Barbados elects first president, replacing British monarchy

Barbados has elected its first-ever president replacing UK’s Queen Elizabeth as the head of state, in a decisive step.

Barbados has elected its first president to replace Britain’s Queen Elizabeth as head of state, in a determining step toward breaking the Caribbean island’s colonial past.

Sandra Mason was elected by a two-thirds vote of a joint session of the country’s House of Assembly and Senate late this Wednesday. The Government has referred to her appointment as a milestone on its “road to republic.”
Barbados was a part of the British colony and had achieved independence in 1966. The nation includes a population of 300,000 and it had long sustained ties with the United Kingdom’s monarchy.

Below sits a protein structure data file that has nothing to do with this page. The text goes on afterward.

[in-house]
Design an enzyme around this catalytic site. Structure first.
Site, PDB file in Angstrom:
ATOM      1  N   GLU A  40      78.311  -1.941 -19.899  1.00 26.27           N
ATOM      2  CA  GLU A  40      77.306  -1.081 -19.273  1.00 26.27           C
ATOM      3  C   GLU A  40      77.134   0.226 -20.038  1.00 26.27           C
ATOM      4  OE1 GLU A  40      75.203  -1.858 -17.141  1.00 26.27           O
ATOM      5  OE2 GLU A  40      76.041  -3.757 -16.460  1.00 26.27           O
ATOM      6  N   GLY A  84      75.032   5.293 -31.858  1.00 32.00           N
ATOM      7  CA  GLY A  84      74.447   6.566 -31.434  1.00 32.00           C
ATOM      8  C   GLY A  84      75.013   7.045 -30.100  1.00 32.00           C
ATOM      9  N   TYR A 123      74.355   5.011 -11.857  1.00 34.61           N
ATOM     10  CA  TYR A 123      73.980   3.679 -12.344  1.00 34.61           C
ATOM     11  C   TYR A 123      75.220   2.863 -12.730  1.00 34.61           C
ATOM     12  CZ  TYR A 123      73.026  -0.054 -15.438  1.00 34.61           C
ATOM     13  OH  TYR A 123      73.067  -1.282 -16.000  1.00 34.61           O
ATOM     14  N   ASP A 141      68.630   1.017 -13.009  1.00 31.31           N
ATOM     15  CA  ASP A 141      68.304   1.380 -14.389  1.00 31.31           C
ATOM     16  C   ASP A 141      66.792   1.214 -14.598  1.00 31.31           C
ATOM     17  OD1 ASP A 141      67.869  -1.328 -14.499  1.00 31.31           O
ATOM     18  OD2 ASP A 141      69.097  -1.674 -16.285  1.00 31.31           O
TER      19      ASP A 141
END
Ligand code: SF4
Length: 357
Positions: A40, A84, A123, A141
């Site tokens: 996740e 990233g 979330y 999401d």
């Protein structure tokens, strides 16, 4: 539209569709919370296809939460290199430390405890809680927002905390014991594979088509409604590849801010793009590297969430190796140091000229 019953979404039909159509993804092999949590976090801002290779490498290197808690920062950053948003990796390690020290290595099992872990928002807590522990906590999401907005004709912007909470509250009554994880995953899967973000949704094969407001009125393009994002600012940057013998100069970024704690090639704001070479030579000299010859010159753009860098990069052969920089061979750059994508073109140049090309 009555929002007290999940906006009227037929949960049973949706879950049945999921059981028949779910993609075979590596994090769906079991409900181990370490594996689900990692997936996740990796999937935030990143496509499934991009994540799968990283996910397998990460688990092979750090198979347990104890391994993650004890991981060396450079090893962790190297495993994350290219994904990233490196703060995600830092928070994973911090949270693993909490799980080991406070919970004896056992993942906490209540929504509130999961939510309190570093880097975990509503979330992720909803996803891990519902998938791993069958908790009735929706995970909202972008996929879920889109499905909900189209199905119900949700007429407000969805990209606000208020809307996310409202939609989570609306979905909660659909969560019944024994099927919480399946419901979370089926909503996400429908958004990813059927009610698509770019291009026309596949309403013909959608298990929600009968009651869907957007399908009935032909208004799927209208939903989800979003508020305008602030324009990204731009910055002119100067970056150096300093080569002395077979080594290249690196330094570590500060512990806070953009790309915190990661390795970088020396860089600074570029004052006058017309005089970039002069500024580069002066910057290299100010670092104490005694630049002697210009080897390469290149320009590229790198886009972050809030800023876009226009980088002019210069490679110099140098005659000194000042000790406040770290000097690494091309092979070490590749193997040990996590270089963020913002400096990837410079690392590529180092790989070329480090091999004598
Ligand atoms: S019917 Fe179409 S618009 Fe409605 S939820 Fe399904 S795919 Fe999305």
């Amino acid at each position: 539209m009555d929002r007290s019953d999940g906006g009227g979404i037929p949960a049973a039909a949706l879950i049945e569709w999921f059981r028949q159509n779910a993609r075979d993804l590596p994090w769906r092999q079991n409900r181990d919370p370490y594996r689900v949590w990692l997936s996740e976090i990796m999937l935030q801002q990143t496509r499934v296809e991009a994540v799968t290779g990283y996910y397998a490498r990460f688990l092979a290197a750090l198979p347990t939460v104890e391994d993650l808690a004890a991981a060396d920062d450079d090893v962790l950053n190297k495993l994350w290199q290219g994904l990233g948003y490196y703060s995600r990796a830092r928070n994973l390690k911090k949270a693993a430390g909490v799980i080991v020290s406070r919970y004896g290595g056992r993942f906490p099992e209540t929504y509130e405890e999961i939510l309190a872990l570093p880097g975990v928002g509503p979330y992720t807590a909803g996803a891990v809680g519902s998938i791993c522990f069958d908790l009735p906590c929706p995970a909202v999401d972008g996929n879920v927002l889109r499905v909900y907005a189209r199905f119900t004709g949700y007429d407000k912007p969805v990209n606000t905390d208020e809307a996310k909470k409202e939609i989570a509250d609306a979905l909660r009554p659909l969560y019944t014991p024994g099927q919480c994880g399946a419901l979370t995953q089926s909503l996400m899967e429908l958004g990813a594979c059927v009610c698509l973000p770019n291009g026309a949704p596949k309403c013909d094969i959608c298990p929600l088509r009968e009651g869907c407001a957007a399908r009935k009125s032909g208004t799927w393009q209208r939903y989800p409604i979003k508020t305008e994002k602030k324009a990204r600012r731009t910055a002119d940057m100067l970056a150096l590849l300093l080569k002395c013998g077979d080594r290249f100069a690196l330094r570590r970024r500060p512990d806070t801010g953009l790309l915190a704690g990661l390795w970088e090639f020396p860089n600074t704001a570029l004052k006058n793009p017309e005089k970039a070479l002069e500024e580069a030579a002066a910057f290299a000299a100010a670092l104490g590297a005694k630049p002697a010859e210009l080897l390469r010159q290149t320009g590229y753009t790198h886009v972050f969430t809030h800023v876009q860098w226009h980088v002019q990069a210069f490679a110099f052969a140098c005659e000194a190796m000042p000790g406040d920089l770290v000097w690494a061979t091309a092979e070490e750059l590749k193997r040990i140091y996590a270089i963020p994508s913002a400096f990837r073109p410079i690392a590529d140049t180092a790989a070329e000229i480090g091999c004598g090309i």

But many people living in Barbados have long wished to remove the Queen’s status, and establish their own government headed by a separate head of state. This marks a change in imperialism which has now shifted towards governance.
Barbados will finally become a republic on November 30, which marks the country’s 55th anniversary of independence from Britain, when Mason will swear as the new head.
Mason, a former jurist who used to be the governor-general of the island since 2018, is also the first woman to have offered her services on the Barbados Court of Appeals.

Mia Mottley, Barbados Prime Minister called the success of Sandra Mason as a “a seminal moment” in the country’s journey.
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